It’s important to note before I continue, that I do not blame the individual workers at Torbay council who work in various departments – they are often overworked and not in control of the system/procedures. They are not to blame. Rather, it is very clear that the system in place to deal with vulnerable and homeless people is not fit for purpose. This goes from council level, to the national policies of this Conservative Government.

I heard stories of vulnerable, elderly people being turned away by the council – and saw the charity housing them, albeit temporarily, with their own money. I saw a young woman, vulnerable as a care leaver, be refused housing unless she got rid of her dog (which she’d had from a puppy, and was one of the only comforts in her life). She was entitled to at least £2000 from the local authority, after leaving care – she never received it. I saw a British citizen return from Spain after 30 years – after the tragic death of his partner – only to be refused help, and for Ellie to have to pay with her own money to house him.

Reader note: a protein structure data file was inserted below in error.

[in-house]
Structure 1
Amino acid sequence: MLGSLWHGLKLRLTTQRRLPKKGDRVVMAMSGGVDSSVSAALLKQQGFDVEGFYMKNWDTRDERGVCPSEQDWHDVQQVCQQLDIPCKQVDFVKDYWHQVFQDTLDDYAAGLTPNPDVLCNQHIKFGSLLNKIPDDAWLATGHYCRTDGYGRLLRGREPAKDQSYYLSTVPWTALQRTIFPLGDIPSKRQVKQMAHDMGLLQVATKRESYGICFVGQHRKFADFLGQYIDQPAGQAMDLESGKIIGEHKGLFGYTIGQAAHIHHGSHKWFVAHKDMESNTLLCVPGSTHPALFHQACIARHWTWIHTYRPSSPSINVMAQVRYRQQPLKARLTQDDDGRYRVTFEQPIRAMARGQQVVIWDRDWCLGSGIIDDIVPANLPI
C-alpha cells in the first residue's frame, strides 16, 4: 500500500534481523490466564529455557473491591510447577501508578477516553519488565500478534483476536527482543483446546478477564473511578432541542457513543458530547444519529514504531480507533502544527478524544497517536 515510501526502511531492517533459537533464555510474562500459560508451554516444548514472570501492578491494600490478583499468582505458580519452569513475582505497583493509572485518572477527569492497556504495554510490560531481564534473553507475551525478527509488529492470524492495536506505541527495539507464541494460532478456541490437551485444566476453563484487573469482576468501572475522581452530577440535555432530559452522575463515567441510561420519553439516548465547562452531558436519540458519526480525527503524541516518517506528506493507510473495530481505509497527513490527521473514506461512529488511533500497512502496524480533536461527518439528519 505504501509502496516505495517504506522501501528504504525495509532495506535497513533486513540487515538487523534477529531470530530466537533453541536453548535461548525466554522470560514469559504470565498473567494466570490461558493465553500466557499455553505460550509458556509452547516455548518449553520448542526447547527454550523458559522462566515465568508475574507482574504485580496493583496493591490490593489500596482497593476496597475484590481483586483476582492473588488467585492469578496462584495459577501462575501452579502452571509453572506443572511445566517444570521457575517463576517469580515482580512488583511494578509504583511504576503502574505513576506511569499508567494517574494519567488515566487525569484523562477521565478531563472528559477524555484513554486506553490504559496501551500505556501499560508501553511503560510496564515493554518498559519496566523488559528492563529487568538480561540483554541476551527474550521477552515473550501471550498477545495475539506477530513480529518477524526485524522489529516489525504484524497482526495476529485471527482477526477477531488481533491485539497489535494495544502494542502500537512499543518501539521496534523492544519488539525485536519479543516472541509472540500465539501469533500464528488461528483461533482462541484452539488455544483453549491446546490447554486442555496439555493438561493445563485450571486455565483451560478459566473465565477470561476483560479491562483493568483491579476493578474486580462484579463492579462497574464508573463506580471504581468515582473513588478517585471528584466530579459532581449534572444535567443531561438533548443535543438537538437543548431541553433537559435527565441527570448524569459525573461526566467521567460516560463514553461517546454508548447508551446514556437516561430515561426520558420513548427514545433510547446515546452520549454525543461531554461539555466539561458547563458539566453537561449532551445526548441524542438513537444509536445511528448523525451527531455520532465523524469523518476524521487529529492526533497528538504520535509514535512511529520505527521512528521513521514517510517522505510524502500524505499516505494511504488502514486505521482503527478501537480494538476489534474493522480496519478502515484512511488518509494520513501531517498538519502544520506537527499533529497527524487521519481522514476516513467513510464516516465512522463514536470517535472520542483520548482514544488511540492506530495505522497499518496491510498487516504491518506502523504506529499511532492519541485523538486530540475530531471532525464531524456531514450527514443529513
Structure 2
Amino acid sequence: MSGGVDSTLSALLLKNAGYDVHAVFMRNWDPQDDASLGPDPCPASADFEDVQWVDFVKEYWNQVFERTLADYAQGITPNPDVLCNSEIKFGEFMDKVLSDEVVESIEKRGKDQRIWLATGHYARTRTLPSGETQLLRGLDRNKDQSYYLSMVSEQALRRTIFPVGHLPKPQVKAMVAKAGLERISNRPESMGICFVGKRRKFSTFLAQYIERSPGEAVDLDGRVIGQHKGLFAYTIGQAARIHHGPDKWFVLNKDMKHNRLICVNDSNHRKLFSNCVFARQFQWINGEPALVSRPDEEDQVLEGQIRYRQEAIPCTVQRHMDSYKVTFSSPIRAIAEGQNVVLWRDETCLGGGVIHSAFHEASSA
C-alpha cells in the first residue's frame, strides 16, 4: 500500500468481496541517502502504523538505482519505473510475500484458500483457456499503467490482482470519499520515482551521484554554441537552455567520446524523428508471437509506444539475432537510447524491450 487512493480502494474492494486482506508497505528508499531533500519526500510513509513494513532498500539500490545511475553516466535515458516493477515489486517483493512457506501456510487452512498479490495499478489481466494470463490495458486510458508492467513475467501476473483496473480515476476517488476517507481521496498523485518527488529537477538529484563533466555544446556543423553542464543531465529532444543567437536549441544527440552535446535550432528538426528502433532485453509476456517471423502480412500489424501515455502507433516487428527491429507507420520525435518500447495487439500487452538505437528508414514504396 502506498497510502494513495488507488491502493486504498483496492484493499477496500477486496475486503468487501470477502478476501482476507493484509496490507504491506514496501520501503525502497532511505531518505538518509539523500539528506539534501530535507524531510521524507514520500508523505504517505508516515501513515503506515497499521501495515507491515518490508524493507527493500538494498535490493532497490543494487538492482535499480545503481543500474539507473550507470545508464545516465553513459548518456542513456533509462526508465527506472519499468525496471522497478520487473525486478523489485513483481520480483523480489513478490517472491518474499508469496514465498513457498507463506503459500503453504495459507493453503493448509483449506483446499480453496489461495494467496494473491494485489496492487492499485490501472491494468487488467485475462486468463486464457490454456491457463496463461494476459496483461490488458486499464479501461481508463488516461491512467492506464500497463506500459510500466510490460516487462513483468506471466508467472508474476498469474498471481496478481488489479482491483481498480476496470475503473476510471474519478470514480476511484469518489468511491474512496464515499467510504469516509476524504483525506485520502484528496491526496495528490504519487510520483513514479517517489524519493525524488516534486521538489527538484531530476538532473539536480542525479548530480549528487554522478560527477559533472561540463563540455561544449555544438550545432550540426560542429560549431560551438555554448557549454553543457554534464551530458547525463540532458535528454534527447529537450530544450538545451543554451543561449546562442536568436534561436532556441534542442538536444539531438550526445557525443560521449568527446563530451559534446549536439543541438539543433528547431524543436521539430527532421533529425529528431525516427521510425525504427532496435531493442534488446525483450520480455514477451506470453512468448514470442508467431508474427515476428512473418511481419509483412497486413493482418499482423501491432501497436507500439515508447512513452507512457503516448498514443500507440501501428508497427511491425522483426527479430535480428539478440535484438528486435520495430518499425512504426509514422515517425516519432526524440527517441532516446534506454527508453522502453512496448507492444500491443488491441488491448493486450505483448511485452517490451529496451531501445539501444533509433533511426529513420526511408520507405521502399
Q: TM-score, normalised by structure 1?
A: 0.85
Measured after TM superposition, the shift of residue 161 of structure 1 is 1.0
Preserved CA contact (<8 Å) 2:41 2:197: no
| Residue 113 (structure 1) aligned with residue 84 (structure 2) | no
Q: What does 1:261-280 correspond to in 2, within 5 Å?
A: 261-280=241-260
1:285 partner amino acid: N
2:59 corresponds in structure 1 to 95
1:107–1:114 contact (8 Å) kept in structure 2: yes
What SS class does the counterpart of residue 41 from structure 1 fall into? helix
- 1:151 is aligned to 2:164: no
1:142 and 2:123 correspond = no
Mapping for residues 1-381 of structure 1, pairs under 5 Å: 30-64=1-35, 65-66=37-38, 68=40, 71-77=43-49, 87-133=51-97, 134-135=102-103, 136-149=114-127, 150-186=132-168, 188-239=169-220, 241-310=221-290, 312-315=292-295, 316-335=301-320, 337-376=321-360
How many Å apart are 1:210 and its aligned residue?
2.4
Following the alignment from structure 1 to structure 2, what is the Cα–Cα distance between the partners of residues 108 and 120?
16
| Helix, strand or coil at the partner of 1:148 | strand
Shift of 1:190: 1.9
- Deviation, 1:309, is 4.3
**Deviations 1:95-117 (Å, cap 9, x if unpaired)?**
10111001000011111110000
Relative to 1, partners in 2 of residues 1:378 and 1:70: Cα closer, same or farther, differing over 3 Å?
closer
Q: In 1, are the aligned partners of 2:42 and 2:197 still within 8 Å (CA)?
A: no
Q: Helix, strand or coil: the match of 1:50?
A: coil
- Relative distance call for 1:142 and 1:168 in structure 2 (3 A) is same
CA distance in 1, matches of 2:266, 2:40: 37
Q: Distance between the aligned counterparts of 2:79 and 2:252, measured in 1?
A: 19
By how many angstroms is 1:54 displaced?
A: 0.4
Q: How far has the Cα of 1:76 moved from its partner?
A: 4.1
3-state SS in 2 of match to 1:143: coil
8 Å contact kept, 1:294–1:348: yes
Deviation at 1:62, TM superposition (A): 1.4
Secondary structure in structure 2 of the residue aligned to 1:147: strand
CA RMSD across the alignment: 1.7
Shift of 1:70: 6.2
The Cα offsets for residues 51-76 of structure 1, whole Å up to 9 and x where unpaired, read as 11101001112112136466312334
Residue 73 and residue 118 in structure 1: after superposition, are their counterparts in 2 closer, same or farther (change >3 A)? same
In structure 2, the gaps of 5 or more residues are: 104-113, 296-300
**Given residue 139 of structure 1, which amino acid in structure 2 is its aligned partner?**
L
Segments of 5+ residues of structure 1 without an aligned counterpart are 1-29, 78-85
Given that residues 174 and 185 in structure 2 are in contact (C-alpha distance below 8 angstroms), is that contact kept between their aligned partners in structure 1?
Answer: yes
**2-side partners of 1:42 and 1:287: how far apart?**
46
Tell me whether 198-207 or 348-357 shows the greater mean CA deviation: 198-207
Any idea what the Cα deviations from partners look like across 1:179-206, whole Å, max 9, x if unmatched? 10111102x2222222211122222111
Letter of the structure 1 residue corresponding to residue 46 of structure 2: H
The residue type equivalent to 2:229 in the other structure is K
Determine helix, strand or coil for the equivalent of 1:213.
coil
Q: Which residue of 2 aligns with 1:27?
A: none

I have heard stories of a mother and her two children coming in for help at the charity – and they had been surviving on a single loaf of bread between them, for 2 days. Of a family on Universal Credit, with £2.47 to live on. Stories of a single Dad and his 6 year old daughter sitting under duvets in their homes, with only a packet of rice in their cupboards – because they couldn’t afford food or utilities.

Often people turn to charities because they cannot get help anywhere else. It shouldn’t be down to charities to fill the vacuum left by 9 years of Tory austerity and authorities being unwilling or unable to help – but this is the reality faced across the country. Charities cannot possibly work like authorities – they don’t get anywhere near enough funding. They are limited as to what they can do – for example, certain food banks only open on Thursday and Friday – so referrals can only be made then.

Ellie’s 12 year old son emptied his savings account over Easter and spent £40 on Easter eggs for service users so that no one would miss out. An extraordinarily compassionate young man – but this should not have to happen in a country as rich as ours.